Volunteer School Resource Officers Supported by Speaker Moore

Wentworth, N.C. –Local officials in Rockingham County announced Wednesday they are considering the viability of a Volunteer School Safety Resource Officer Program created by the state General Assembly in 2013 to increase safety in their county’s classrooms.

North Carolina House Speaker Tim Moore (R-Cleveland) and Senate President Pro Tempore Phil Berger (R-Rockingham) attended the announcement on Wednesday.  Rep. Kyle Hall (R-Rockingham, Stokes) and Sen. Ron Rabin (R-Harnett) also spoke to reporters.

The 2013 General Assembly created the optional Volunteer School Safety Resource Officer Program for local schools, but Rockingham County’s initiative would be the first of its kind.

“We can’t wait for another tragic event or the loss of even one child’s life,” said local Sheriff Sam Page.  “Now is the time for action.”

Sheriff Page said the volunteer resource officer program is just one possible solution for Rockingham County.

“With the continued support of our legislature, we can make a difference for school safety,” Page said. “We must do better and we can do better.”

Under North Carolina law, the Volunteer School Safety Resource Officer Program requires its special deputies to be former law enforcement officers or military police personnel with an honorable discharge.

Rockingham County Schools Superintendent Dr. Rodney Shotwell said safety is a priority for the county board of education and he is acting to secure schools on their behalf.

“Our kids see law enforcement in our schools and they see them as assistance, community help,” Shotwell said.

“They’re not seen as just people who enforce the law. They see them as safety and they see them as a friend.  If we can have former police officers, deputies, military police to come into our schools and be able to provide that for us, it would be a welcome change for us.”

Shotwell said the state legislature has been supportive of what schools need for security.

“I hope we can be a model not just for North Carolina, but for the nation,” Shotwell said.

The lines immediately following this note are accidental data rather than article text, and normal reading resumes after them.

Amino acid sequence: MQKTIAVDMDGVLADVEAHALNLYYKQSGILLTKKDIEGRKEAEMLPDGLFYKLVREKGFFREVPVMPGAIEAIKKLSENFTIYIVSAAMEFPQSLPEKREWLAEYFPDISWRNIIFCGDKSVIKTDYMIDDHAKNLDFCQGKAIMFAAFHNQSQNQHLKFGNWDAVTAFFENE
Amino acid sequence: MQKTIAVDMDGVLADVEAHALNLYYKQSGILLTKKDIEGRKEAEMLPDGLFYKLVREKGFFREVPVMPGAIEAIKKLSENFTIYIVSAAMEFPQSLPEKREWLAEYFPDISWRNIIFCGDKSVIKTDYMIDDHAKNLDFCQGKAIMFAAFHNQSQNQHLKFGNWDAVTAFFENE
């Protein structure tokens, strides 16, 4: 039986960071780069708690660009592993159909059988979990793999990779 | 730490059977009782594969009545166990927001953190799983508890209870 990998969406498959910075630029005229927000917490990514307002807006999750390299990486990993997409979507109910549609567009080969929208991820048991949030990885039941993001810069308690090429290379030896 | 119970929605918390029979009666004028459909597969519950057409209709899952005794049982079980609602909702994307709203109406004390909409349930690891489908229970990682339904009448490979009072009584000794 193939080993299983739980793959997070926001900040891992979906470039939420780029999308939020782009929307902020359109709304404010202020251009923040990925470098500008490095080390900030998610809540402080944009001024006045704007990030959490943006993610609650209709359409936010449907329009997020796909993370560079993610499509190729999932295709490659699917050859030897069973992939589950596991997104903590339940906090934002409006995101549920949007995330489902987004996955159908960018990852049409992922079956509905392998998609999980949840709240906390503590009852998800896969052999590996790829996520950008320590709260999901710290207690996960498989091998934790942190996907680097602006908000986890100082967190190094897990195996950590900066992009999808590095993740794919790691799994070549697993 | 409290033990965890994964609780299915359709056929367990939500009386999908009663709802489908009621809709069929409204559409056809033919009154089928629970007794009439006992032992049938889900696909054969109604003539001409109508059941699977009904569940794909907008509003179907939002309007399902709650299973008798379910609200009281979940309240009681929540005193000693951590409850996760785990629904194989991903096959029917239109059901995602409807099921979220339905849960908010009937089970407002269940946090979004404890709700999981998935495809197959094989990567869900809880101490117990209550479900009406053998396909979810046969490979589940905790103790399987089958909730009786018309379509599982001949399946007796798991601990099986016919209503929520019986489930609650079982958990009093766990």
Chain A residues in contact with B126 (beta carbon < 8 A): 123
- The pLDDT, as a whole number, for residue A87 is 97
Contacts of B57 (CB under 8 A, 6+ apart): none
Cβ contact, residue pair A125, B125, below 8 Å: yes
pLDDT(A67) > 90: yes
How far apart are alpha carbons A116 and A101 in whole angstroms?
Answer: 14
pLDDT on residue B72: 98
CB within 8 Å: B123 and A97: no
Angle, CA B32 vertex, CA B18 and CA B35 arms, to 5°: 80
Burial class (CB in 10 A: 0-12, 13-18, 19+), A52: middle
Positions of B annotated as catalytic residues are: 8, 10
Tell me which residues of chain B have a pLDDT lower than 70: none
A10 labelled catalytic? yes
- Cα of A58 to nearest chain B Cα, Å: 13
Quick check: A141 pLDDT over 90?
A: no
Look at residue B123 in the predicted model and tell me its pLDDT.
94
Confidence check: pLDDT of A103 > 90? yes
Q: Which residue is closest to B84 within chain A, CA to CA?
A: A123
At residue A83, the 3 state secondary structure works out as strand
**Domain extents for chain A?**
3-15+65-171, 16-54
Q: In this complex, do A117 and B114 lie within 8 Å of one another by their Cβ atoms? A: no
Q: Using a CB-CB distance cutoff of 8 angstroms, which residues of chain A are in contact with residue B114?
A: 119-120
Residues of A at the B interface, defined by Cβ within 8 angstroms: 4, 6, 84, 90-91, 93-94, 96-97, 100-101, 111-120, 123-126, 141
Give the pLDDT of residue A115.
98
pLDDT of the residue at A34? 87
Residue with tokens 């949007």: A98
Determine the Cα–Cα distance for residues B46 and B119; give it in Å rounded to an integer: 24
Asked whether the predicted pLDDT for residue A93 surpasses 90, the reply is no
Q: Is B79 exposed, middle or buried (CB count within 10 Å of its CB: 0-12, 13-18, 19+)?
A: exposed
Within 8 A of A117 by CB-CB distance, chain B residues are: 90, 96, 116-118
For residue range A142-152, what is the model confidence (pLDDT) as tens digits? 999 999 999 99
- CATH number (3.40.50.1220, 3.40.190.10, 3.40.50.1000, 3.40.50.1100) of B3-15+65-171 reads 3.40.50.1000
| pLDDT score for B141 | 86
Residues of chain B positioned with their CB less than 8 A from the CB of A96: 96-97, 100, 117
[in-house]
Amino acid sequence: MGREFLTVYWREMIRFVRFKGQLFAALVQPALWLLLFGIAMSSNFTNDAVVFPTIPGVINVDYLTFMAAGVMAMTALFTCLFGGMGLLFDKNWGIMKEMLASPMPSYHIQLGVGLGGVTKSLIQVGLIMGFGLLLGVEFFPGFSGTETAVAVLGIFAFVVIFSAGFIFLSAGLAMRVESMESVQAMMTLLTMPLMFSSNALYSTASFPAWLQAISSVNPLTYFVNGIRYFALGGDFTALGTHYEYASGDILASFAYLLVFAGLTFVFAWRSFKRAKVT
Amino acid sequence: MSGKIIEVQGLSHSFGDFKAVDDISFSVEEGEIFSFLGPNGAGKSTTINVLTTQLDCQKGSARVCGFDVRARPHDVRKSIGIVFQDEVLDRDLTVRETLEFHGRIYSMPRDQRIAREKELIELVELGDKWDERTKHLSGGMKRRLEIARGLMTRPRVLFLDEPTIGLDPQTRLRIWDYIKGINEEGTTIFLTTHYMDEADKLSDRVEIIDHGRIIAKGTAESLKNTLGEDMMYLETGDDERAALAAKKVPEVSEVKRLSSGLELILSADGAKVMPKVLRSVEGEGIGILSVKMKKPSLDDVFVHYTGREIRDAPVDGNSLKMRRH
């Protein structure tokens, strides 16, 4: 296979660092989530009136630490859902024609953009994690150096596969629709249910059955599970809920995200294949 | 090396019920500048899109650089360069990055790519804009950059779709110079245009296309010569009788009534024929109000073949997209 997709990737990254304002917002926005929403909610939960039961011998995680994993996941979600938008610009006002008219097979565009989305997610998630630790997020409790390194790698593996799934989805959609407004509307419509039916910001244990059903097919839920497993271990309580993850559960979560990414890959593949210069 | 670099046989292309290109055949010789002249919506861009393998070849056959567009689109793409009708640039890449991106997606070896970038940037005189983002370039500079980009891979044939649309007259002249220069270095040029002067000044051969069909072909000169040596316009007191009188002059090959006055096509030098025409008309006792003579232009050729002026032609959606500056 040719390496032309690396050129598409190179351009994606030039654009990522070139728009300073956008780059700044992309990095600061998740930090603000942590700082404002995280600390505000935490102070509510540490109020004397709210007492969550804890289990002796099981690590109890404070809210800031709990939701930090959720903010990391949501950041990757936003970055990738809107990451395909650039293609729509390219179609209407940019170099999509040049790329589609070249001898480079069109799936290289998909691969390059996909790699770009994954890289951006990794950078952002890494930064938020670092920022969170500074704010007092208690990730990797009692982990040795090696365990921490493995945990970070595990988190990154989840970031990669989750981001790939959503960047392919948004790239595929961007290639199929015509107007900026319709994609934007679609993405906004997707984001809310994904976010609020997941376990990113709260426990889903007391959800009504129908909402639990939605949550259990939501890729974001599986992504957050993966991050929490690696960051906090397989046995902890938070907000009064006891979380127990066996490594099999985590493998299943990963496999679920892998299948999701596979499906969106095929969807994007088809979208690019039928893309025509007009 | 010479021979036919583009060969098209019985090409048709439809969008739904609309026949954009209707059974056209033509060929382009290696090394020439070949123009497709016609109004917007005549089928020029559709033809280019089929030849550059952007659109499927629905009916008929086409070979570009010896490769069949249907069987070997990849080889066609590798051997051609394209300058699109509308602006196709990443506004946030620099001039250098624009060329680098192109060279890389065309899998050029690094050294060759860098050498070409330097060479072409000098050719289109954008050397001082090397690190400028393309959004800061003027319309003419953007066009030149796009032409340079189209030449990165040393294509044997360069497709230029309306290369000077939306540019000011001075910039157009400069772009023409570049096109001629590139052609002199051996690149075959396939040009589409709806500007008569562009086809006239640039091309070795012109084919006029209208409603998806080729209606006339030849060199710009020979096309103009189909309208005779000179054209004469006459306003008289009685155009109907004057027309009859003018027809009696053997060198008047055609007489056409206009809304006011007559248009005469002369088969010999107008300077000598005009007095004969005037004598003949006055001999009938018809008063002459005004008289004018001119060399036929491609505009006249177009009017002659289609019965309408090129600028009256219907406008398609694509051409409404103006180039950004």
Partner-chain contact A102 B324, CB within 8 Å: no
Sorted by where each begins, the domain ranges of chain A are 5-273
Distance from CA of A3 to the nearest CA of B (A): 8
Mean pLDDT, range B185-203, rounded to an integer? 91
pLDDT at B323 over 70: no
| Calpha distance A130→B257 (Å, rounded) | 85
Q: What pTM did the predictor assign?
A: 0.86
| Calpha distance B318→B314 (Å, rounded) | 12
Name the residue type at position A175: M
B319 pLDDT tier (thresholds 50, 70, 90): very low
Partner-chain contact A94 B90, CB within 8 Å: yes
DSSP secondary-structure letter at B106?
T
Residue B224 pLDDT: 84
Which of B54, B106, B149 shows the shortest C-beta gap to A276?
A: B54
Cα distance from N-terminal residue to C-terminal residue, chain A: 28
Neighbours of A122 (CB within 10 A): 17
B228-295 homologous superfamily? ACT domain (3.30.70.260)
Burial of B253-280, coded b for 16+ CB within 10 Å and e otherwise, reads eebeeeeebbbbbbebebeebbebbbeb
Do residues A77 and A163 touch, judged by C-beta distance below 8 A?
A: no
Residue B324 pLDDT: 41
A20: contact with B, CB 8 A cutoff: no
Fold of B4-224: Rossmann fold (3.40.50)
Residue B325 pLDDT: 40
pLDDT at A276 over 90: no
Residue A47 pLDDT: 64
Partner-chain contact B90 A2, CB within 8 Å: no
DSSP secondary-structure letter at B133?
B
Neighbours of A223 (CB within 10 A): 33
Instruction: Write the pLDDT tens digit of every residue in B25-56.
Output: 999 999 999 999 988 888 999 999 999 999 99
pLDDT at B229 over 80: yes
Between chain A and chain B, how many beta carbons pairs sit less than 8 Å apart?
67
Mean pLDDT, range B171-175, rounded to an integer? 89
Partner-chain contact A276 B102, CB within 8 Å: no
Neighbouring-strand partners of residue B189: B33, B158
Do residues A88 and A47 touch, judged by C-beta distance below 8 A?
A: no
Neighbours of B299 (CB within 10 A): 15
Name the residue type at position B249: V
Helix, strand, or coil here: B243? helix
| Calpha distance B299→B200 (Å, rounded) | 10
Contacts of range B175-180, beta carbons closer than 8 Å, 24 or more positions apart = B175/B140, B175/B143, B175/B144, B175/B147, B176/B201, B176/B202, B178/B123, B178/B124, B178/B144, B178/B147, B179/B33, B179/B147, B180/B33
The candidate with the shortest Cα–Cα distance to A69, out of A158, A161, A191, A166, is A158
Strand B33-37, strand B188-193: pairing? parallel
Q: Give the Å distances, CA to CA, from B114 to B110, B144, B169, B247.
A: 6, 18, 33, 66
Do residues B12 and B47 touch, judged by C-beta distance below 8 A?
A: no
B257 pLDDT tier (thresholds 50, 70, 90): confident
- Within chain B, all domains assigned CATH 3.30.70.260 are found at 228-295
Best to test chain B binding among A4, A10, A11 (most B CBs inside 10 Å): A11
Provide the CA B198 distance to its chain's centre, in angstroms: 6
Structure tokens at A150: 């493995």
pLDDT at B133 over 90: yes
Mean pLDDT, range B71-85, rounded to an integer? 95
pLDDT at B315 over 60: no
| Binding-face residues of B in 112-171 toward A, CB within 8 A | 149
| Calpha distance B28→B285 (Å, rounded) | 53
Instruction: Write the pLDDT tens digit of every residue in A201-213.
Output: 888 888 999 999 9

Volunteer school resource officers must have renewed law enforcement training certified by either the North Carolina Sheriff’s Education and Training Standards Commission or the North Carolina Criminal Justice Education and Training Standards Commission.

Speaker Tim Moore formed a House Select Committee on School Safety following a shooting in Parkland, Florida that killed 17 victims at Marjory Stoneman Douglas High School.  Moore said the tragedy would not go unanswered in North Carolina.

“State legislators know that school security starts with local officials – like Rockingham County’s Sheriff Sam Page and Superintendent Dr. Rodney Shotwell – working together to protect our children every day,” said House Speaker Tim Moore.

“These brave local law enforcement officers and dedicated educators form the first line of defense for our students and teachers in our schools.  Our duty is to take every available action to stand between our precious students and educators and anyone wishing to do them harm.”  

Volunteer school resource officers must meet selection criteria established by the appropriate law enforcement agency, pass a medical exam, and be nonsalaried.

In addition to the volunteer resource officer program, the General Assembly created a grant program in 2013 for the state to match local school districts’ spending on resource officers.

“School safety has long been an important priority for legislative Republicans, and that’s why we created the Volunteer School Safety Resource Officer Program in 2013,” said Senate President Pro Tempore Phil Berger.

“ I commend Sheriff Page and Dr. Shotwell for taking a proactive approach and becoming pioneers in leveraging this existing tool to help create a safer environment for our children in Rockingham County Schools.”

The 2013 General Assembly also encouraged statewide development of school safety exercises and schematic diagrams of classrooms for law enforcement agencies in the state budget.

It further facilitated the use of anonymous tip lines, crisis kits, alarm systems, response plans, training and hiring of school counselors, to help local districts increase safety in education facilities.

State House Rep. Kyle Hall, who represents Rockingham County, said local governments and state legislators must collaborate to protect students and teachers in schools.

“This was forward-thinking with this statute,” said Rep. Hall, referring to the Volunteer School Safety Resource Officer Program.   “I’m very proud of the leadership of Senator Berger and Speaker Moore.”

Physical security in schools is one important part of a comprehensive approach to school safety in North Carolina, said state Sen. Ron Rabin, who represents counties in eastern North Carolina and co-chairs the Joint Legislative Emergency Management Oversight Committee.

“I commend you for taking the action,”Rabin told Sheriff Page and Superintendent Dr. Rodney Shotwell at the news conference.  “I think it’s necessary.”

Read more about the news conference from the Greensboro News & Record and the Associated Press.